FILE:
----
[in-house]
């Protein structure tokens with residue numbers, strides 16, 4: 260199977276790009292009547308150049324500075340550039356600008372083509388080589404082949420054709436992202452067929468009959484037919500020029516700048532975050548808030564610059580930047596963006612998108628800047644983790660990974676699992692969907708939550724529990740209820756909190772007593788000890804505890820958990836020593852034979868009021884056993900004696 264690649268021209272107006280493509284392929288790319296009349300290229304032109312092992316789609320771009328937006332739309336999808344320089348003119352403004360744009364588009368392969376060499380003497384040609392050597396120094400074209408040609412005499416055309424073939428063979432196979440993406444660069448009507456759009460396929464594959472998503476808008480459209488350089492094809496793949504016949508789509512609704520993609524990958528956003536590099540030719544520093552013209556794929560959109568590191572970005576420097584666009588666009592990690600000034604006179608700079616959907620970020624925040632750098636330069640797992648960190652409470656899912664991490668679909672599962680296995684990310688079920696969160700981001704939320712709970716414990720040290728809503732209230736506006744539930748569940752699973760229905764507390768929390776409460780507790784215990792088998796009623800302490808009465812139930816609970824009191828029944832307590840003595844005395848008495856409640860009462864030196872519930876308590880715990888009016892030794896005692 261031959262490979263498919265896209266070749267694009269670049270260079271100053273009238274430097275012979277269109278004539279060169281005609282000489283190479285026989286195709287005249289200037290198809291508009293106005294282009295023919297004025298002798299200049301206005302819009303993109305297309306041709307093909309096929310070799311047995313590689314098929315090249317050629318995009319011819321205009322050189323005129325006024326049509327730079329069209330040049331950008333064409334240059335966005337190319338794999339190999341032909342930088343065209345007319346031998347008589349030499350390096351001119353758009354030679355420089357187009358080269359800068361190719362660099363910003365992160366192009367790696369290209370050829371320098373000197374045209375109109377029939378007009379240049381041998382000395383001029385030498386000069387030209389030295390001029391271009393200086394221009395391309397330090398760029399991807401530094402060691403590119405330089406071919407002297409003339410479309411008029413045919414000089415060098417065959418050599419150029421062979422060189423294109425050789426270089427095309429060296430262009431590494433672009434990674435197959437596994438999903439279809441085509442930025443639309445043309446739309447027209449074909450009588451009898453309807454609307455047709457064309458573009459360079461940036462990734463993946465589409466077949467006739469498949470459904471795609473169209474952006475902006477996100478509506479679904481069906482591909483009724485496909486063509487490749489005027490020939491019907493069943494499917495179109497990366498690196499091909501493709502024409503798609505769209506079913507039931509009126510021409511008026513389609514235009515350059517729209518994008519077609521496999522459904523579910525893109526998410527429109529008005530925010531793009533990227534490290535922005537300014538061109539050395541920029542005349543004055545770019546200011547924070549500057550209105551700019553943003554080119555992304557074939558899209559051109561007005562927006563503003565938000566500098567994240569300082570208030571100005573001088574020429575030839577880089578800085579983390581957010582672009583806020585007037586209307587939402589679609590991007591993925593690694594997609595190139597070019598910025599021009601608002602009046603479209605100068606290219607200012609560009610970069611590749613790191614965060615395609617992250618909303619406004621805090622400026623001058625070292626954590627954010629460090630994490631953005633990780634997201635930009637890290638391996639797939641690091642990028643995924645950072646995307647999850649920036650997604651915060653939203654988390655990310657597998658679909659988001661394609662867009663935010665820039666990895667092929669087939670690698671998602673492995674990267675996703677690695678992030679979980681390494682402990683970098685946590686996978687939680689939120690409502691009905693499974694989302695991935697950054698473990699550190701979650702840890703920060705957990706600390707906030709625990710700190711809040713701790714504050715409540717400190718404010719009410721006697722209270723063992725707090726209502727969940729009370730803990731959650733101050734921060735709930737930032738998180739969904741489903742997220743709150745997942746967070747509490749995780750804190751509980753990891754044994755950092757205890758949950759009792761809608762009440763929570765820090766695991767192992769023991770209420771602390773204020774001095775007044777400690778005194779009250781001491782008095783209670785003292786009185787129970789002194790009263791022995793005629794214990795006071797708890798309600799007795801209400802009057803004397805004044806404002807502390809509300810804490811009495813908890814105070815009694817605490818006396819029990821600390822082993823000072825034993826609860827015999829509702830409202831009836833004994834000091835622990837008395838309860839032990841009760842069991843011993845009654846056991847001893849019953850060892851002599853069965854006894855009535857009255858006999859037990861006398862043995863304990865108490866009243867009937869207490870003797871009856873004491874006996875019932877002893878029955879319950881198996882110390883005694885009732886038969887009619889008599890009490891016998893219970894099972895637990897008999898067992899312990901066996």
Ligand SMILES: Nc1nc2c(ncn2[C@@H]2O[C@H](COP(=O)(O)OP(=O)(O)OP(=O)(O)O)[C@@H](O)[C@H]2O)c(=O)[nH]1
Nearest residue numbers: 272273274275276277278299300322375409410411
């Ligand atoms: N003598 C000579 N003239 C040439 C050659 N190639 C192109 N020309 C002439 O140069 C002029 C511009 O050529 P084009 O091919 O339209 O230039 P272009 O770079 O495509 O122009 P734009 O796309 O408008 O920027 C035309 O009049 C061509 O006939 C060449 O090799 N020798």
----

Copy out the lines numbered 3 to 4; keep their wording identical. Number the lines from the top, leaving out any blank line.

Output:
Ligand SMILES: Nc1nc2c(ncn2[C@@H]2O[C@H](COP(=O)(O)OP(=O)(O)OP(=O)(O)O)[C@@H](O)[C@H]2O)c(=O)[nH]1
Nearest residue numbers: 272273274275276277278299300322375409410411